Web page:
PGA Tour veteran Tom Watson is still in the dark about the PGA Tour – Saudi Arabian Public Investment Fund (PIF) deal. Months after writing an open letter to PGA Tour Commissioner Jay Monahan, the Tour’s Policy Board and his fellow Tour members, Watson has now revealed that he has not received answers on the controversial merger deal.
For the unversed, eight-time major champion Watson had asked more than a dozen questions in his open letter to the PGA Tour officials. However, the 73-year-old has now stated that he received “none” of his questions answered. Speaking on an episode of the 5 Clubs podcast hosted by Gary Williams, Watson said that it’s “sad” he’s still waiting for an explanation.
Replying to a query on whether he received a reply to his open letter, Tom Watson said, as quoted by Golfweek:
“I had none. This was a complete departure of where I thought the Tour should go… The sad thing about it is the questions in that letter haven’t been answered. Not a single one. We’re waiting for answers. I can’t comment on it until we get the answers.”
Notably, Watson, a member of the World Golf Hall of Fame and one of the game’s most distinguished players, had written the open letter in June. The ace golfer, in his letter, had questioned a number of things related to the merger, including details of the merger, the benefits of it on the American circuit and its players.
Tom Watson says the PGA Tour board needed more player involvement in the PIF deal
Having not received any answers, Watson weighed in on the direction the PGA Tour was headed and slammed the circuit. He said that the PGA “board needed a restructuring” as it went behind players’ backs with a non-transparent move regarding the PIF deal.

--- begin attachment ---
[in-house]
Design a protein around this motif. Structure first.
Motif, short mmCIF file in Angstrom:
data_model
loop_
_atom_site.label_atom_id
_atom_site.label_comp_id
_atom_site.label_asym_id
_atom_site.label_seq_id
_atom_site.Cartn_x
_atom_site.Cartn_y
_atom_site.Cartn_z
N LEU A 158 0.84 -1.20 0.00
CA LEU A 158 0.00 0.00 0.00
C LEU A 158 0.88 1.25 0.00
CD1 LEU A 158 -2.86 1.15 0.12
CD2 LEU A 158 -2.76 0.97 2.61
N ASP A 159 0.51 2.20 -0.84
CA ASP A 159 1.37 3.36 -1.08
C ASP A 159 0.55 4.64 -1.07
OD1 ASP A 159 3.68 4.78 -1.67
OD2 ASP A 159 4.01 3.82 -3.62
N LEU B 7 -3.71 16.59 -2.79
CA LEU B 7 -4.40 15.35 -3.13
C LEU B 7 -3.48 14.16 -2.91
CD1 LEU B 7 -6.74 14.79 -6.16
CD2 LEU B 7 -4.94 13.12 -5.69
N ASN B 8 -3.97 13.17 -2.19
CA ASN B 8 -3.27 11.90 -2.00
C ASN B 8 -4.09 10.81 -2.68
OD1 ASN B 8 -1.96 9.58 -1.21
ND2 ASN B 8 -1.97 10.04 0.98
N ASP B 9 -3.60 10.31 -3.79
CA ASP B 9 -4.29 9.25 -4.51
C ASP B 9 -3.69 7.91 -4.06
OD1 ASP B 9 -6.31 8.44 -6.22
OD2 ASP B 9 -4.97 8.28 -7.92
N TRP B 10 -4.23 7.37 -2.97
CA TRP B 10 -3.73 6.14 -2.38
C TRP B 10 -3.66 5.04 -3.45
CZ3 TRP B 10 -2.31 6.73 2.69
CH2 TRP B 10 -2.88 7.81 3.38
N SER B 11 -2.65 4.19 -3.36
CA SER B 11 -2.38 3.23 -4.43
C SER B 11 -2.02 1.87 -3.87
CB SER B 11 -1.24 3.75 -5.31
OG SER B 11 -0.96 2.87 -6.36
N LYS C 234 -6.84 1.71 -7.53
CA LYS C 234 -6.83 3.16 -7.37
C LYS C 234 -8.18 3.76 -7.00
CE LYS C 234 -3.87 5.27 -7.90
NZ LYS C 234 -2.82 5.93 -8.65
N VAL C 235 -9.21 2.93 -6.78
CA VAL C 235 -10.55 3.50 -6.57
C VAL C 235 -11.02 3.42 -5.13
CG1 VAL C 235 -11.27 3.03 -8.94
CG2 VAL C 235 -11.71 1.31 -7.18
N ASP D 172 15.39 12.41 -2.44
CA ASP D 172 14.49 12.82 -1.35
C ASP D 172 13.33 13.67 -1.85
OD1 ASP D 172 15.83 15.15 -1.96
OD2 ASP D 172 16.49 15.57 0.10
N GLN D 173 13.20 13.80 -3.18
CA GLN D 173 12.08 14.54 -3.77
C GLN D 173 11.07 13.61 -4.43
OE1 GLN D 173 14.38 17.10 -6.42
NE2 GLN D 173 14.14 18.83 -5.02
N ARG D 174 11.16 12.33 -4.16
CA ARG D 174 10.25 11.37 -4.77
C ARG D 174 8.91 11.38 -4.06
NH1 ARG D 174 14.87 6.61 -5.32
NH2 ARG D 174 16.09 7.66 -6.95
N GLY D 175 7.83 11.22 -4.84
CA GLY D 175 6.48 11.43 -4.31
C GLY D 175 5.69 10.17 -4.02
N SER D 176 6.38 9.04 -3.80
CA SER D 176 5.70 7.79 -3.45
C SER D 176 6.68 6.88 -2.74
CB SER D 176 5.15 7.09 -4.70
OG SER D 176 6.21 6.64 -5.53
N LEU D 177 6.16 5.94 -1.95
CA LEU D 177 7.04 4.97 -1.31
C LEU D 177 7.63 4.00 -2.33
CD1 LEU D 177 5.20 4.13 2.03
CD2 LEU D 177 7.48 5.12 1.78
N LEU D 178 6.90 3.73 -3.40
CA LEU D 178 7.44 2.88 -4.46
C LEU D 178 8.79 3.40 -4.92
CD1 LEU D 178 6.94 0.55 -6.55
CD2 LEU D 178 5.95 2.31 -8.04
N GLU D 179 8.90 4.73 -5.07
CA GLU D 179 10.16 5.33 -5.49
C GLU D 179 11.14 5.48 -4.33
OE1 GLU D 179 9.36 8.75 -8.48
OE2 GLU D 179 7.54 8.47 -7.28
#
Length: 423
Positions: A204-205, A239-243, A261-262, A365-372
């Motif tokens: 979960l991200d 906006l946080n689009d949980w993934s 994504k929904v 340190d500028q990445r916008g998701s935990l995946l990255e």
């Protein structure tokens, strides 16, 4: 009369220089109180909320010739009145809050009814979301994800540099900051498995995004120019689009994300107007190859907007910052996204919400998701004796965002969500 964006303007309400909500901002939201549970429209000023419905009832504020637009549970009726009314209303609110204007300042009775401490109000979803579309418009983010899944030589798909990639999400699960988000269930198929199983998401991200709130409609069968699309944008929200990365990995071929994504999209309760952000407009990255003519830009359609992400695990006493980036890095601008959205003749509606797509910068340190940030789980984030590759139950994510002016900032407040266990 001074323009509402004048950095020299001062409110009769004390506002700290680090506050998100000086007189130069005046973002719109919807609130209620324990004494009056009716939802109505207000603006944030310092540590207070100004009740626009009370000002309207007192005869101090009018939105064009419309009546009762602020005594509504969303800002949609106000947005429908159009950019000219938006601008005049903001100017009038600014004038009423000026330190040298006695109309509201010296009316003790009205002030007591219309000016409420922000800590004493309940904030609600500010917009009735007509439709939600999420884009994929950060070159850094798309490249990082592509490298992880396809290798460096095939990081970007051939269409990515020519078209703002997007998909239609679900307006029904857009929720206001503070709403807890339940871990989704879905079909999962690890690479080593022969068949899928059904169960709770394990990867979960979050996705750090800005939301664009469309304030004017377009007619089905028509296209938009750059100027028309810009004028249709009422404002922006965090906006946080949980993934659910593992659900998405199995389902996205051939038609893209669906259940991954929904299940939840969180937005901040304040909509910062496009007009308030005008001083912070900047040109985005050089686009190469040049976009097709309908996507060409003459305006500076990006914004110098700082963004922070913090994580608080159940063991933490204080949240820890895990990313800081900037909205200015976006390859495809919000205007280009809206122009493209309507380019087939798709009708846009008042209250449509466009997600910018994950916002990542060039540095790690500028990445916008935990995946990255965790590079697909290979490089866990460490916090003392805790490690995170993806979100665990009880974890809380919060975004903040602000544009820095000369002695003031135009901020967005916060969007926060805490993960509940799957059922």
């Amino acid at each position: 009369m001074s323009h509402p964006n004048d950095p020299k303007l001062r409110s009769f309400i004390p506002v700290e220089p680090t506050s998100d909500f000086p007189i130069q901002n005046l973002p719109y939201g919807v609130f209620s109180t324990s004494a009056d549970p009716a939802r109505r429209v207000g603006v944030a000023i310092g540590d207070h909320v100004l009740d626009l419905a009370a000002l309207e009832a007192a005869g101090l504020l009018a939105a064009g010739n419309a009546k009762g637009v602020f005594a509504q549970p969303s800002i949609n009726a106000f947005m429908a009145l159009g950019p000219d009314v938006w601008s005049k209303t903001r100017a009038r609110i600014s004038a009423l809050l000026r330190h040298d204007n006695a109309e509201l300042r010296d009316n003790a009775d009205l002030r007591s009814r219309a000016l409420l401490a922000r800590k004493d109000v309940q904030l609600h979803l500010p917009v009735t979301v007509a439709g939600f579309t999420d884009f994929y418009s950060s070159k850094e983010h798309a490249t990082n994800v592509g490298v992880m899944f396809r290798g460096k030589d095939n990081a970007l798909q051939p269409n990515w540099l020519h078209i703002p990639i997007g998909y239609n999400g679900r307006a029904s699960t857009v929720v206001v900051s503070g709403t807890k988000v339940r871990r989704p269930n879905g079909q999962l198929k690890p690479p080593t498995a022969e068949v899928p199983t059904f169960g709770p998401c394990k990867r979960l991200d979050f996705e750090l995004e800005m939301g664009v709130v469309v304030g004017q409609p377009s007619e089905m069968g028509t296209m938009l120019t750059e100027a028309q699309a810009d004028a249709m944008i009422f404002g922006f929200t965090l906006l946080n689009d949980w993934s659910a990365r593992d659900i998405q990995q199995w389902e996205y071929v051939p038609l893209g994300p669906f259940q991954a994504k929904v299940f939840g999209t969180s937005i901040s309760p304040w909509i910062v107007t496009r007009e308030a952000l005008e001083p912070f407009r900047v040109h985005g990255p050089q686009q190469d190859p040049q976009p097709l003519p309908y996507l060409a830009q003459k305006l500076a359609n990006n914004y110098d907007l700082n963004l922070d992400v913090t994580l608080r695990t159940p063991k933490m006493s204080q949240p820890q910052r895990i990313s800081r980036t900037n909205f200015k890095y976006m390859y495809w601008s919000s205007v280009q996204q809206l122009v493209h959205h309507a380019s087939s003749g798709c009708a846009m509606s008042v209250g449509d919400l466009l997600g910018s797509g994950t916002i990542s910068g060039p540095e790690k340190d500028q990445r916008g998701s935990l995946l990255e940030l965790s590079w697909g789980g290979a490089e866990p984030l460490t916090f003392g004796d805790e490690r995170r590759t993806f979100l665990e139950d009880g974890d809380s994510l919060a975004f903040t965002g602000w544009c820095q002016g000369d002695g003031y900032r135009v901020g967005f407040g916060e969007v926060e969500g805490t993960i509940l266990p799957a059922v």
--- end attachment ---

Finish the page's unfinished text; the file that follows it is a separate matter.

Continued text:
“I think the Board needed a restructuring so that the players had voting power because this is a players’ organization. This organization went outside of the due process. It wasn’t transparent at all. There were no players involved at all in the negotiations with PIF and Yasir (Al-Rumayyan, PIF’s chairperson). That needed to be.
That was a huge mistake, I think, and I think the players thought so too. A single player needed to be involved in that, at least. We have people that are making decisions that really shaping the future of PGA Tour golf and without player participation in those decisions, we’re going in the wrong direction.”
It is pertinent to note that Watson, in his letter, had emphasized the importance of keeping players in the loop. The veteran golfer had made critical remarks about the unusual nature of the merger deal announcement as well. Watson, who has over 50 years of association with the Tour, even criticized Saudi Arabia’s alleged involvement in the 9/11 attacks.